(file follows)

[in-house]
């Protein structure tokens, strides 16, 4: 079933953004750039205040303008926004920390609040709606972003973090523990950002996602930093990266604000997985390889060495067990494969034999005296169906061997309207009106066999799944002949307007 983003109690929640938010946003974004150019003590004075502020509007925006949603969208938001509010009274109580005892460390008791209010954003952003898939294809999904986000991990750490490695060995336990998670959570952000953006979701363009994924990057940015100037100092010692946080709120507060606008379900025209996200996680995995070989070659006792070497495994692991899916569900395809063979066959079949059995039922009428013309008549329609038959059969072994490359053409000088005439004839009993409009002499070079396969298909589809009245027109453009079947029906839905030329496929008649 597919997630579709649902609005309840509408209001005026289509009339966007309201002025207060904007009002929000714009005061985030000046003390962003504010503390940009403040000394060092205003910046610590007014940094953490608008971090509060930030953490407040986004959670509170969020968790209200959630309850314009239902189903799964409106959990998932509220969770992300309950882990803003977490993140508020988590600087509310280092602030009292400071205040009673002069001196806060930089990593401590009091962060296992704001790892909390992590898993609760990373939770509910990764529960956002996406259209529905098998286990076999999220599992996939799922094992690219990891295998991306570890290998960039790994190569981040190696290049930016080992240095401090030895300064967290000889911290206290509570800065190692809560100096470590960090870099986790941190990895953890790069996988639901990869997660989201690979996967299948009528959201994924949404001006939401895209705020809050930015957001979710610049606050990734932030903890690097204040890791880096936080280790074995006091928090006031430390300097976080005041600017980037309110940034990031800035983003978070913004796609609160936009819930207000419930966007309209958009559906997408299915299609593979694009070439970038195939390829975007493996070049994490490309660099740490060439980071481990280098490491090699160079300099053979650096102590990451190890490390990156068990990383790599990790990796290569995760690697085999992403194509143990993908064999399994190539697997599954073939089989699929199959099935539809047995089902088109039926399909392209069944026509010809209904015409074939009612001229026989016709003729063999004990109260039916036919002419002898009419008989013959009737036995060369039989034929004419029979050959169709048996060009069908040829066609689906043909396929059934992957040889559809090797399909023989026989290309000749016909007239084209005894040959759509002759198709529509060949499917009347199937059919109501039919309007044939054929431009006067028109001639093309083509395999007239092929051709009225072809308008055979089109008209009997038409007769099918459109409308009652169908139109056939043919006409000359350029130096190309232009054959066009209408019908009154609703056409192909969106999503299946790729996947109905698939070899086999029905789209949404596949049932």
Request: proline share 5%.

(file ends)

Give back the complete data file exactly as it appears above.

[in-house]
């Protein structure tokens, strides 16, 4: 079933953004750039205040303008926004920390609040709606972003973090523990950002996602930093990266604000997985390889060495067990494969034999005296169906061997309207009106066999799944002949307007 983003109690929640938010946003974004150019003590004075502020509007925006949603969208938001509010009274109580005892460390008791209010954003952003898939294809999904986000991990750490490695060995336990998670959570952000953006979701363009994924990057940015100037100092010692946080709120507060606008379900025209996200996680995995070989070659006792070497495994692991899916569900395809063979066959079949059995039922009428013309008549329609038959059969072994490359053409000088005439004839009993409009002499070079396969298909589809009245027109453009079947029906839905030329496929008649 597919997630579709649902609005309840509408209001005026289509009339966007309201002025207060904007009002929000714009005061985030000046003390962003504010503390940009403040000394060092205003910046610590007014940094953490608008971090509060930030953490407040986004959670509170969020968790209200959630309850314009239902189903799964409106959990998932509220969770992300309950882990803003977490993140508020988590600087509310280092602030009292400071205040009673002069001196806060930089990593401590009091962060296992704001790892909390992590898993609760990373939770509910990764529960956002996406259209529905098998286990076999999220599992996939799922094992690219990891295998991306570890290998960039790994190569981040190696290049930016080992240095401090030895300064967290000889911290206290509570800065190692809560100096470590960090870099986790941190990895953890790069996988639901990869997660989201690979996967299948009528959201994924949404001006939401895209705020809050930015957001979710610049606050990734932030903890690097204040890791880096936080280790074995006091928090006031430390300097976080005041600017980037309110940034990031800035983003978070913004796609609160936009819930207000419930966007309209958009559906997408299915299609593979694009070439970038195939390829975007493996070049994490490309660099740490060439980071481990280098490491090699160079300099053979650096102590990451190890490390990156068990990383790599990790990796290569995760690697085999992403194509143990993908064999399994190539697997599954073939089989699929199959099935539809047995089902088109039926399909392209069944026509010809209904015409074939009612001229026989016709003729063999004990109260039916036919002419002898009419008989013959009737036995060369039989034929004419029979050959169709048996060009069908040829066609689906043909396929059934992957040889559809090797399909023989026989290309000749016909007239084209005894040959759509002759198709529509060949499917009347199937059919109501039919309007044939054929431009006067028109001639093309083509395999007239092929051709009225072809308008055979089109008209009997038409007769099918459109409308009652169908139109056939043919006409000359350029130096190309232009054959066009209408019908009154609703056409192909969106999503299946790729996947109905698939070899086999029905789209949404596949049932």
Request: proline share 5%.